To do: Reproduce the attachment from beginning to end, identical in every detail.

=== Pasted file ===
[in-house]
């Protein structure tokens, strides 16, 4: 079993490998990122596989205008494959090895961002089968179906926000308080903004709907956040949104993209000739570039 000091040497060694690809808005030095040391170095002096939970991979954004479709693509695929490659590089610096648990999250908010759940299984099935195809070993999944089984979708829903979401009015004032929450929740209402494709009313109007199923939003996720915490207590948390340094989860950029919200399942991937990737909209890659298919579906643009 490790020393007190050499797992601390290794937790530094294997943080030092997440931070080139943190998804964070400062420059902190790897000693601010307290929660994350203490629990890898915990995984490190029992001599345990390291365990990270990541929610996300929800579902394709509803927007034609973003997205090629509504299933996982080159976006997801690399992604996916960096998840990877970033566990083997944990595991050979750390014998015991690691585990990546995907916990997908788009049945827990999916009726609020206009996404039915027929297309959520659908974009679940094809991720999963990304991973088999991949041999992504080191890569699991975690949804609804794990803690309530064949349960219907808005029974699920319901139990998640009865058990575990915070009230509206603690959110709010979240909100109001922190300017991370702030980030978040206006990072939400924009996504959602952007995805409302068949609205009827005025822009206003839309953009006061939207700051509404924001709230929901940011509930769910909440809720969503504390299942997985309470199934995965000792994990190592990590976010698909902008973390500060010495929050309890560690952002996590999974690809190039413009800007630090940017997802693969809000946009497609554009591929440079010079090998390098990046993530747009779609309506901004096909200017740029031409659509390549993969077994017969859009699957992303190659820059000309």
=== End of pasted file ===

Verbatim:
[in-house]
């Protein structure tokens, strides 16, 4: 079993490998990122596989205008494959090895961002089968179906926000308080903004709907956040949104993209000739570039 000091040497060694690809808005030095040391170095002096939970991979954004479709693509695929490659590089610096648990999250908010759940299984099935195809070993999944089984979708829903979401009015004032929450929740209402494709009313109007199923939003996720915490207590948390340094989860950029919200399942991937990737909209890659298919579906643009 490790020393007190050499797992601390290794937790530094294997943080030092997440931070080139943190998804964070400062420059902190790897000693601010307290929660994350203490629990890898915990995984490190029992001599345990390291365990990270990541929610996300929800579902394709509803927007034609973003997205090629509504299933996982080159976006997801690399992604996916960096998840990877970033566990083997944990595991050979750390014998015991690691585990990546995907916990997908788009049945827990999916009726609020206009996404039915027929297309959520659908974009679940094809991720999963990304991973088999991949041999992504080191890569699991975690949804609804794990803690309530064949349960219907808005029974699920319901139990998640009865058990575990915070009230509206603690959110709010979240909100109001922190300017991370702030980030978040206006990072939400924009996504959602952007995805409302068949609205009827005025822009206003839309953009006061939207700051509404924001709230929901940011509930769910909440809720969503504390299942997985309470199934995965000792994990190592990590976010698909902008973390500060010495929050309890560690952002996590999974690809190039413009800007630090940017997802693969809000946009497609554009591929440079010079090998390098990046993530747009779609309506901004096909200017740029031409659509390549993969077994017969859009699957992303190659820059000309």